Yesterday's New York Times featured a story on the growing global industry to convert natural gas into synthetic diesel fuel, but it stopped well short of considering the implications of this expansion. Neither did it convey a clear idea of what is driving this development, beyond the economics of high oil prices. The actual story is more complicated. Although gas-to-liquids (GTL) has many positives, there is at least one significant drawback worth considering.
The historical perspective in the article was generally correct. The science behind this process has been around for many decades, helping to fuel Hitler's armies in World War II. Interest was revived in the 1970s, with plants built not just in Apartheid-era South Africa but also in New Zealand. Until very recently, however, GTL products have been much more expensive than conventional refined products from crude oil. The first large new GTL plant, a Shell facility in Malaysia, was helped by sales of valuable waxes and other byproducts, but the global markets for these products are too small to drive broader GTL expansion.
The prize here is twofold: harvesting the locked-up value of natural gas fields that are too far from markets to justify building pipelines, and producing diesel fuel that burns more cleanly than conventional diesel, especially with regard to particulate pollution. The Times cites a study by Cambridge Energy Research Associates (CERA) suggesting that GTL will contribute almost a million barrels per day of synthetic liquid fuels by 2010 and up to 2 million by 2020. As the cost per barrel of building GTL capacity falls, these numbers will continue to ramp up, tapping trillions of cubic feet of "stranded" gas. And there's the rub. At some level, GTL competes with the other technique for bringing stranded gas to market, LNG, or liquefied natural gas.
Today there's plenty of gas to fuel both processes, and the criteria for choosing one or the other are different enough that both can coexist. However, GTL has important advantages over LNG. Its output ships in conventional product tankers, rather than the expensive floating thermos bottles required by LNG, and it doesn't need costly and NIMBY-prone receiving infrastructure. If the capital costs of GTL fall faster than those for LNG, the former could eventually squeeze out the latter.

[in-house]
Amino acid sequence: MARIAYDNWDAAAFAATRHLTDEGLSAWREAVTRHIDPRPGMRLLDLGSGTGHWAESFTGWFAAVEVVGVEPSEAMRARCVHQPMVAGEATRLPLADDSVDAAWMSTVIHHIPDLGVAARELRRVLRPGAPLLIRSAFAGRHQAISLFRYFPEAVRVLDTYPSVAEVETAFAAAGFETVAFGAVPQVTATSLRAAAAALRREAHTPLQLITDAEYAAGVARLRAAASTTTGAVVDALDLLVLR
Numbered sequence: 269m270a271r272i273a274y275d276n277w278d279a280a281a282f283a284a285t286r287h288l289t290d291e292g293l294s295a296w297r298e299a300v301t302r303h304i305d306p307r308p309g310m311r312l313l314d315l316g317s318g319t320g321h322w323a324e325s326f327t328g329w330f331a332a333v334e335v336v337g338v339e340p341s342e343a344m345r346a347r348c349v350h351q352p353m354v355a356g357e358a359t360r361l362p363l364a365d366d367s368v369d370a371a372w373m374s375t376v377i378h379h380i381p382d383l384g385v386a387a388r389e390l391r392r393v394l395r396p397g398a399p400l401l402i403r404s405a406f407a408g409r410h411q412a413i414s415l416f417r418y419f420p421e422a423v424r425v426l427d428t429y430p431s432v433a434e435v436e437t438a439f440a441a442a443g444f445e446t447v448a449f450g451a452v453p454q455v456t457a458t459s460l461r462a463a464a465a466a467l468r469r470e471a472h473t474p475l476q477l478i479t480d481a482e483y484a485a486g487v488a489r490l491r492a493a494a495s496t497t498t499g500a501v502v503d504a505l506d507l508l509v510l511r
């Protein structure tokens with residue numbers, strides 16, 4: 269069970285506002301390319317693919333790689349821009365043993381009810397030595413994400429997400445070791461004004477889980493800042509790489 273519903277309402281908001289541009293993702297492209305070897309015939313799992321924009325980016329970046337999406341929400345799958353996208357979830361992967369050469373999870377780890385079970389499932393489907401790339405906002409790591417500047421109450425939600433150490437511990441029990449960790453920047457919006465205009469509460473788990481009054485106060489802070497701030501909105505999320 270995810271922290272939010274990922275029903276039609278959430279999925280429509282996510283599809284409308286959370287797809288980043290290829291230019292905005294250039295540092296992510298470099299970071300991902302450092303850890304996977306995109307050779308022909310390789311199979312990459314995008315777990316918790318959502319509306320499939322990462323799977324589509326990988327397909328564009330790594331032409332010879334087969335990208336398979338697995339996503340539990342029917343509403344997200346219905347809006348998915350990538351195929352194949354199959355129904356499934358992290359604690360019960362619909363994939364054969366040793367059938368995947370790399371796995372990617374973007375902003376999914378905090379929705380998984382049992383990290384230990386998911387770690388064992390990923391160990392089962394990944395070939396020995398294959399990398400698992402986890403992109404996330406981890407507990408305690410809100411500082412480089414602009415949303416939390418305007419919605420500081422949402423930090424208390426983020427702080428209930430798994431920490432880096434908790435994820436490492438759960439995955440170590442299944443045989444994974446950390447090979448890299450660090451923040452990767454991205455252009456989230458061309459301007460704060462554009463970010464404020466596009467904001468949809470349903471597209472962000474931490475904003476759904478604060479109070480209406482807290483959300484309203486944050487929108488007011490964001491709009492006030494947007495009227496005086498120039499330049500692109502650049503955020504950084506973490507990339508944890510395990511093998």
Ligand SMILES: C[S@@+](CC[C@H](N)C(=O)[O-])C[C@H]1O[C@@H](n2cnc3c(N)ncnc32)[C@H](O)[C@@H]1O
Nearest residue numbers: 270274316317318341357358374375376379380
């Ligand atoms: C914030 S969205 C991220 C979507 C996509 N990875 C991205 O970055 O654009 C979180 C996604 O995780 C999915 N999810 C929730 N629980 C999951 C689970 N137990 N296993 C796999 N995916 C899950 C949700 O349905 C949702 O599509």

That would complicate plans to cover a growing fraction of US natural gas demand with imported gas, largely in the form of LNG. If the source gas isn’t available, because it’s been turned into diesel, then power plants will have to burn other fuels. While that could spur demand for additional renewable electricity from wind and solar, these are intermittent sources, so at some point there’s no substitute for a fossil-fuel fired plant, unless it’s a nuclear reactor. To put this in perspective, the 150,000 barrel per day Exxon project cited in the article will consume 1.8 billion cubic feet per day of gas, about the same quantity used last year by all the gas-fired power plants in the Northeast (New England plus NY, NJ and PA.)
As a consequence of these downstream tradeoffs, the net long-term environmental benefits of GTL are ambiguous. GTL fuel certainly burns cleaner than regular diesel, and that’s important because of the growing demand for diesel fuel, particularly in Europe. But the energy consumed in making GTL diesel dissipates much of the greenhouse gas benefit available from using natural gas directly, and the choice of GTL over LNG could result in more emissions from coal use.
Even if none of this product ever turns up at a service station in the US, it will still have a positive impact on fuel prices. The quantities of GTL under development may be small, relative to global oil consumption of 84 million barrels per day, but they represent an important component of incremental supply, where a million barrels per day one way or the other could be the difference between $35 oil and $50 oil. And by helping cover Europe’s growing diesel deficit, it will ensure that the US can continue to rely on a source of gasoline imports that we’d be hard-pressed to do without.
On balance, then, GTL is an important new source of clean liquid fuels, contributing to the global oil supply, but it complicates the prospect for wider use of natural gas in countries reliant on imports of LNG, including the US. As a result, its total environmental impact is mixed.